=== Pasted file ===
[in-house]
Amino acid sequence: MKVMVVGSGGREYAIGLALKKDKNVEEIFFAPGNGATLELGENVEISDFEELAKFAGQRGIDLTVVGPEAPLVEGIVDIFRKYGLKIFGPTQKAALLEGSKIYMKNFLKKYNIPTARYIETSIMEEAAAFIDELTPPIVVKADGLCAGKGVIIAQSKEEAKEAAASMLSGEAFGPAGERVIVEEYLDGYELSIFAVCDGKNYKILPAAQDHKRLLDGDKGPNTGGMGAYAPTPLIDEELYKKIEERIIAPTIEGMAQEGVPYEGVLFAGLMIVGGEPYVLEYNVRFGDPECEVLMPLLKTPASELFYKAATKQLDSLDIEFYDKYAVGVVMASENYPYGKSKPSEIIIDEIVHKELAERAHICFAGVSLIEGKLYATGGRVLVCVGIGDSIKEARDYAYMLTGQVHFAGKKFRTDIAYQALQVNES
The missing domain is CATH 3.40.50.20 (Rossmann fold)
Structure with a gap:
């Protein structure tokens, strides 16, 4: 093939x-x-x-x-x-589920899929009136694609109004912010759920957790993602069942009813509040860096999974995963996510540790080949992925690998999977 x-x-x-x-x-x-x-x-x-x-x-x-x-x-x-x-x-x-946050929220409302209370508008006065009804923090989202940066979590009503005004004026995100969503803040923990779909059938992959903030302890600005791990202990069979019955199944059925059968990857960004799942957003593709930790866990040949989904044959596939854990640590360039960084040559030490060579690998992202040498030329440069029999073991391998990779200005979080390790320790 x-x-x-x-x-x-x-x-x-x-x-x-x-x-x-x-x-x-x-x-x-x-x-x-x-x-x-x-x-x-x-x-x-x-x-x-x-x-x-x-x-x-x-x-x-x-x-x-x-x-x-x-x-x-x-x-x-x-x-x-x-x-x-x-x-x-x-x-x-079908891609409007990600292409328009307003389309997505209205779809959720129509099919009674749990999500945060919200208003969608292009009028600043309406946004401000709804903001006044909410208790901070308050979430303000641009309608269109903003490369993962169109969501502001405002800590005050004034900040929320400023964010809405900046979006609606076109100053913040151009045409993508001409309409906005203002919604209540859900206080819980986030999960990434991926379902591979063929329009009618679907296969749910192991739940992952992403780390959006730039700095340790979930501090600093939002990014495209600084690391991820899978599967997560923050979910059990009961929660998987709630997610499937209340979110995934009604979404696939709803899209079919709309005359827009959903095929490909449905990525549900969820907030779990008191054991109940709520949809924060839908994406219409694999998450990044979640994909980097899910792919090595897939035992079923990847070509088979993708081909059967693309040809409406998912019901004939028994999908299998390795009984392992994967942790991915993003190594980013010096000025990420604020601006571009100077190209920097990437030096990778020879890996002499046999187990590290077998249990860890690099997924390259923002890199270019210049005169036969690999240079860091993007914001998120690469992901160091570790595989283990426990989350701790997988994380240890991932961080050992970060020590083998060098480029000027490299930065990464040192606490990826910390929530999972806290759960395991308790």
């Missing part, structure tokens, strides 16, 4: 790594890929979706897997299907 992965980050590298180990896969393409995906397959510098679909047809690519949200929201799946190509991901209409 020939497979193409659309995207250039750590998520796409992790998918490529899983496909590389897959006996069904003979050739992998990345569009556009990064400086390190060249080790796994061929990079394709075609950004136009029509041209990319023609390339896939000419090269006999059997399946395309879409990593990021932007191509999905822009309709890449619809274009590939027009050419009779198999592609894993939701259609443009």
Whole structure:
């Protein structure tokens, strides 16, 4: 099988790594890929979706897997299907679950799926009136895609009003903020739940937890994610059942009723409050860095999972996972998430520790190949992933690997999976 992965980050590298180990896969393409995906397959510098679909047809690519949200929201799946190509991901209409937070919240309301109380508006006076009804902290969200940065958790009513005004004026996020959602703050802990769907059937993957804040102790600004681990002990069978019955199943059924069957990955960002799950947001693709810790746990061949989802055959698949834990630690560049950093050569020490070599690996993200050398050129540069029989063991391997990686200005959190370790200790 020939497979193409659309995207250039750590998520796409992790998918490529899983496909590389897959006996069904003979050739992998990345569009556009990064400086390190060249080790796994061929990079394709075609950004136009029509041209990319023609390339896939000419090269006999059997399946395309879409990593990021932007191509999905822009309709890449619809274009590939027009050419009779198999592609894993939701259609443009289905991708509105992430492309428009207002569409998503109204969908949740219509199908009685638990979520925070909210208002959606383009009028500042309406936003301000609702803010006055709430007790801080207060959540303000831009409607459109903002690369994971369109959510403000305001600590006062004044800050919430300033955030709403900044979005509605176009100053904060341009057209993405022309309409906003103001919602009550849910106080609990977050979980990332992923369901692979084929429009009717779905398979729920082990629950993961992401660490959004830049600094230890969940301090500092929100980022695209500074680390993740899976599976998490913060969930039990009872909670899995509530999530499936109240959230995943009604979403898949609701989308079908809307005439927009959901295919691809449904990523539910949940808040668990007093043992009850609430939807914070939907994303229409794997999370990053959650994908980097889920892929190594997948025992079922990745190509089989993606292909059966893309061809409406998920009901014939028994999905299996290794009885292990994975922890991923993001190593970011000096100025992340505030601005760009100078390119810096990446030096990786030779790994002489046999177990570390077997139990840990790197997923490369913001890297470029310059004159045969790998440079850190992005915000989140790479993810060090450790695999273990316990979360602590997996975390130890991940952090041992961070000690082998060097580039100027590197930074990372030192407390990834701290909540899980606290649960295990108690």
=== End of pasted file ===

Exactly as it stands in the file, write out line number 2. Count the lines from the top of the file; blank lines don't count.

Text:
Amino acid sequence: MKVMVVGSGGREYAIGLALKKDKNVEEIFFAPGNGATLELGENVEISDFEELAKFAGQRGIDLTVVGPEAPLVEGIVDIFRKYGLKIFGPTQKAALLEGSKIYMKNFLKKYNIPTARYIETSIMEEAAAFIDELTPPIVVKADGLCAGKGVIIAQSKEEAKEAAASMLSGEAFGPAGERVIVEEYLDGYELSIFAVCDGKNYKILPAAQDHKRLLDGDKGPNTGGMGAYAPTPLIDEELYKKIEERIIAPTIEGMAQEGVPYEGVLFAGLMIVGGEPYVLEYNVRFGDPECEVLMPLLKTPASELFYKAATKQLDSLDIEFYDKYAVGVVMASENYPYGKSKPSEIIIDEIVHKELAERAHICFAGVSLIEGKLYATGGRVLVCVGIGDSIKEARDYAYMLTGQVHFAGKKFRTDIAYQALQVNES